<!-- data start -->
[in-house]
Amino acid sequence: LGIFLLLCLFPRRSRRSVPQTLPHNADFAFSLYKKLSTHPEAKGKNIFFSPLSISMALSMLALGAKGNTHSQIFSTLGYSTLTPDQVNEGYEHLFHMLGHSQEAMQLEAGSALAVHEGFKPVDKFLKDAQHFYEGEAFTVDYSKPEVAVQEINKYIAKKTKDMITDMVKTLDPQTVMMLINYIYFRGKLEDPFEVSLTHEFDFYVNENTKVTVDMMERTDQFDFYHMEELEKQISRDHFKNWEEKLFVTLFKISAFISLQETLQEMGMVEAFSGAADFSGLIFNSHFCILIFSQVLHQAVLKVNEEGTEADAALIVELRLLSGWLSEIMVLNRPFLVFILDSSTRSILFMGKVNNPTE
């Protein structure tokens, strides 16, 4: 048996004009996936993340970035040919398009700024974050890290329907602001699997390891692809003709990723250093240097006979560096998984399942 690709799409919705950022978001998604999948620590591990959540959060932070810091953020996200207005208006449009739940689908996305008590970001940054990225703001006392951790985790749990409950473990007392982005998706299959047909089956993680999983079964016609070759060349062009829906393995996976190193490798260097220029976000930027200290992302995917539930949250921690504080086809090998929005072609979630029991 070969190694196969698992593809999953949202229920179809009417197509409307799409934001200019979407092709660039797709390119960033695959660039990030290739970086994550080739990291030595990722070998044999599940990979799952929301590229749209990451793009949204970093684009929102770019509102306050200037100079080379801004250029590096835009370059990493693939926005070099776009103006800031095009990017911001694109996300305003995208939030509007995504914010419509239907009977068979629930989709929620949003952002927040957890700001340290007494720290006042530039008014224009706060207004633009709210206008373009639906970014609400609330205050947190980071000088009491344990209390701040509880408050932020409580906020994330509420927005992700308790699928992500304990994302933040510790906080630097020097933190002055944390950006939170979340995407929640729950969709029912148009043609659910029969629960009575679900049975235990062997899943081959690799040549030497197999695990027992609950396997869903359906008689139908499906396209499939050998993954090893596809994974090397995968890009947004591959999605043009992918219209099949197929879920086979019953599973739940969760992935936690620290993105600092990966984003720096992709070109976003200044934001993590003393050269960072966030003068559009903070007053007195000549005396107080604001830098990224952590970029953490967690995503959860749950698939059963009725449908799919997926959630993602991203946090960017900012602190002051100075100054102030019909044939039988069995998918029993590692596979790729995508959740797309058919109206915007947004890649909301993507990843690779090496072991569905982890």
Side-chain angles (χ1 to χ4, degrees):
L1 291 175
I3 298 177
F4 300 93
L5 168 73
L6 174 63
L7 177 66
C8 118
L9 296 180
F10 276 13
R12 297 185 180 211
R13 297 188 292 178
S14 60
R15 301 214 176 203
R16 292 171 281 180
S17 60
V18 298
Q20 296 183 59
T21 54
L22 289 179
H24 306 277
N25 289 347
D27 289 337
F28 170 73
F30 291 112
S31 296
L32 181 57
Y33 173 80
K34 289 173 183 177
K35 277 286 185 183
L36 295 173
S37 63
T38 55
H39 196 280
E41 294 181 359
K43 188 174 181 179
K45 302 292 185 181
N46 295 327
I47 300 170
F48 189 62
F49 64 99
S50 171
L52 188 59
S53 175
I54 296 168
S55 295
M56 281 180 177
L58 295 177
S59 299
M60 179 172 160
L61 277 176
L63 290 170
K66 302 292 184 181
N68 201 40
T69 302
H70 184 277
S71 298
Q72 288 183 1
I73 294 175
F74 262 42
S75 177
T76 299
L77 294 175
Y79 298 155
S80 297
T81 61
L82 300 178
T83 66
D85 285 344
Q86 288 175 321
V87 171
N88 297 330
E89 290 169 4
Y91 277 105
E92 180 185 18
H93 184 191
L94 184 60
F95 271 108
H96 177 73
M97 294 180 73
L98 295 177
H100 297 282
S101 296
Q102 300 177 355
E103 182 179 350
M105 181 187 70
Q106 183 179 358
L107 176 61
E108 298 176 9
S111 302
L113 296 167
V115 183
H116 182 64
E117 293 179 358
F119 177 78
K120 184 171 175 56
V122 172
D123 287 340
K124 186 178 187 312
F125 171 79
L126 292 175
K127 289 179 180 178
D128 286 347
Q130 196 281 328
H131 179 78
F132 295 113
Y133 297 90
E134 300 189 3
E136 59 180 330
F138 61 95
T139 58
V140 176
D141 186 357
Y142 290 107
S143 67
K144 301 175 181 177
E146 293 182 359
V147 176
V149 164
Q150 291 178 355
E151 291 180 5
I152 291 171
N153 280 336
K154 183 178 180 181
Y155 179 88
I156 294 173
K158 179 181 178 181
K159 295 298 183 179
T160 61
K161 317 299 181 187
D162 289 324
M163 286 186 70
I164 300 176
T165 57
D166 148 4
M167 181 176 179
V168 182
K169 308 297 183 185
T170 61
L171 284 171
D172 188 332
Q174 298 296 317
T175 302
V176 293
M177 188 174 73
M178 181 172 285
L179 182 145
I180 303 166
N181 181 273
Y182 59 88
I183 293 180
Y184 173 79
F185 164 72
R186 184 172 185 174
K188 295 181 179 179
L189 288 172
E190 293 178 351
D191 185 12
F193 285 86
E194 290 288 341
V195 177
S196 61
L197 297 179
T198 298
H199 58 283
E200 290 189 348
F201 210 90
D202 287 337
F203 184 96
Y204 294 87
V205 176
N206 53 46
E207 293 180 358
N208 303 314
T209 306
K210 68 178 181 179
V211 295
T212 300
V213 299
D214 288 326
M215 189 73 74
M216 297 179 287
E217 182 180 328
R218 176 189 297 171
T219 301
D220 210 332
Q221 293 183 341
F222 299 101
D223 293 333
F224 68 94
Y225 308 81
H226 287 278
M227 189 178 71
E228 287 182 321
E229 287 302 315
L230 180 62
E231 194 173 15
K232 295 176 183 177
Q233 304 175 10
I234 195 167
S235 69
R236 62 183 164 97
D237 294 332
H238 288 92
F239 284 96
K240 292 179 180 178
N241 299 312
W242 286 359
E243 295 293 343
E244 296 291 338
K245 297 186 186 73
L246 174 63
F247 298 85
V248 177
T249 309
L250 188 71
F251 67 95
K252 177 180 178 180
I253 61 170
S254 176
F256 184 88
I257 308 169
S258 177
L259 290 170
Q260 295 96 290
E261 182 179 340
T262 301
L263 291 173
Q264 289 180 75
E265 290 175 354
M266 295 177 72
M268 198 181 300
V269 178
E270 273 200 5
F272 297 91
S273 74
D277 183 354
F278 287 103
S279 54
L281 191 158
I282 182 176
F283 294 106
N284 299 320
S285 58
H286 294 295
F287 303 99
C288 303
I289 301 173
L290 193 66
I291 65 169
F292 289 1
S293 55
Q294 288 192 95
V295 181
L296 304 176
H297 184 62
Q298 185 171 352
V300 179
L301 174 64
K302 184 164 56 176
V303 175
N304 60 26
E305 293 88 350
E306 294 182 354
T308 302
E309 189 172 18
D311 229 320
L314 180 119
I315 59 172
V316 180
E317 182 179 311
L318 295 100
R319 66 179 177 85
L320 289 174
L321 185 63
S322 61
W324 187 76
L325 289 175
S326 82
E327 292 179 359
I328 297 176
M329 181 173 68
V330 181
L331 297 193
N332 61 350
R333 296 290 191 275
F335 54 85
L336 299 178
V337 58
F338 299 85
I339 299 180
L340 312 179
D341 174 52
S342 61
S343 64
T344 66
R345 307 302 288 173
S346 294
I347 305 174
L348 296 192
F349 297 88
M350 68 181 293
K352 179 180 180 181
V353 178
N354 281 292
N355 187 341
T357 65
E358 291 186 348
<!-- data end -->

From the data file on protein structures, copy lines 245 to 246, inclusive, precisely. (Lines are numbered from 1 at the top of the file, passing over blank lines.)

F283 294 106
N284 299 320